For self-preservation, these doctors of education come up with studies and programs to further legitimize their masquerade. Nevertheless, to behave as technocrat-parasitic-educators — feeding off of the sustenance of said illusion — is oppressive and exploitative of our children. We should know better. (As supportive as I am of labor unions, I’d be remiss if I didn’t add that teacher unions too often conspire in this falsehood.)

And no, this doesn’t mean brain surgeons or 747 pilots should not be trained. It means that experientially based learning ought not be discounted by academicians who are placed in positions of stewardship of our children’s learning. Promoting such training myths actually stupefies our community. As such, these professional educators are derelict in their duties — albeit well-paid — mostly by taxpayers.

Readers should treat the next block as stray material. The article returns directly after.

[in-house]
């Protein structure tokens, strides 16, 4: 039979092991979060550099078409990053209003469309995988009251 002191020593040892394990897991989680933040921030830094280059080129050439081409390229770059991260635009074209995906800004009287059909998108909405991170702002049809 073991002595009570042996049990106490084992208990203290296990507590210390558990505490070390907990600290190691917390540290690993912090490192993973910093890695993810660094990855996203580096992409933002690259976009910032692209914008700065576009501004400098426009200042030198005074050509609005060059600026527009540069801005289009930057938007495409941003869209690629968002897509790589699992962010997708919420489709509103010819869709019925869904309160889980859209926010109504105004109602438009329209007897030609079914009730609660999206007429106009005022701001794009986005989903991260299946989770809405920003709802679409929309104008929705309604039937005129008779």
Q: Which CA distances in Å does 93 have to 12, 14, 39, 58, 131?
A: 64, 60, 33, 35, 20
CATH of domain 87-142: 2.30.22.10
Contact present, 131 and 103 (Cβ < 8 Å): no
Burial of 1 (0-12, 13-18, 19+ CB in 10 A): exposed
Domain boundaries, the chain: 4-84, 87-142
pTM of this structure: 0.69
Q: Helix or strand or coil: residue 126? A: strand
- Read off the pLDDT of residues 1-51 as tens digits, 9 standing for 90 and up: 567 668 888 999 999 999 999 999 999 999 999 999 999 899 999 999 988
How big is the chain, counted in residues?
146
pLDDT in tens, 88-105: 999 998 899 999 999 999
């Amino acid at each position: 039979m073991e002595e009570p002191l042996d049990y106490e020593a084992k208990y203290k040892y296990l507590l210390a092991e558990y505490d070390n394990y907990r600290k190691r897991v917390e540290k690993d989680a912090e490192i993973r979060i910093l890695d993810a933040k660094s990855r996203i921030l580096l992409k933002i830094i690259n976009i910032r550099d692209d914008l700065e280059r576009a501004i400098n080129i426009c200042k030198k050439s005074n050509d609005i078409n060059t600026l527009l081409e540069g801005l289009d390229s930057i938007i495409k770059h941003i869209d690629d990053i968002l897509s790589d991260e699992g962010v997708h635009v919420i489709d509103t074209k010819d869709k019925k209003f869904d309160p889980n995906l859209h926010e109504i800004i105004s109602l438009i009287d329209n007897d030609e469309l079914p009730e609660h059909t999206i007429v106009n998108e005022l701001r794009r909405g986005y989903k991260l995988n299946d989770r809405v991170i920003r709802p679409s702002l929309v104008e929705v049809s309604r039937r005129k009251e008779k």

Women (men too) who have actually had life experiences with four-year olds ought not be discriminated against — or made to feel inadequate along these lines, when it comes to our communities teaching their children. To be sure, we must hire competent people for these positions — and pay them adequately. However, this fundamental flaw of the current status quo must be recognized and corrected.

Hawaii Public Radio, advocating for this hidden and misguided agenda, should answer to the public if they are going to be asking for money from the public. We are charting new waters in our economy and we owe it to our keiki to stay clear on: what learning policies lead to healthy communities, and which ones should be called out as problematic to our Hawaiian community — Not wasting resources, as fundamental public policy, requires as much.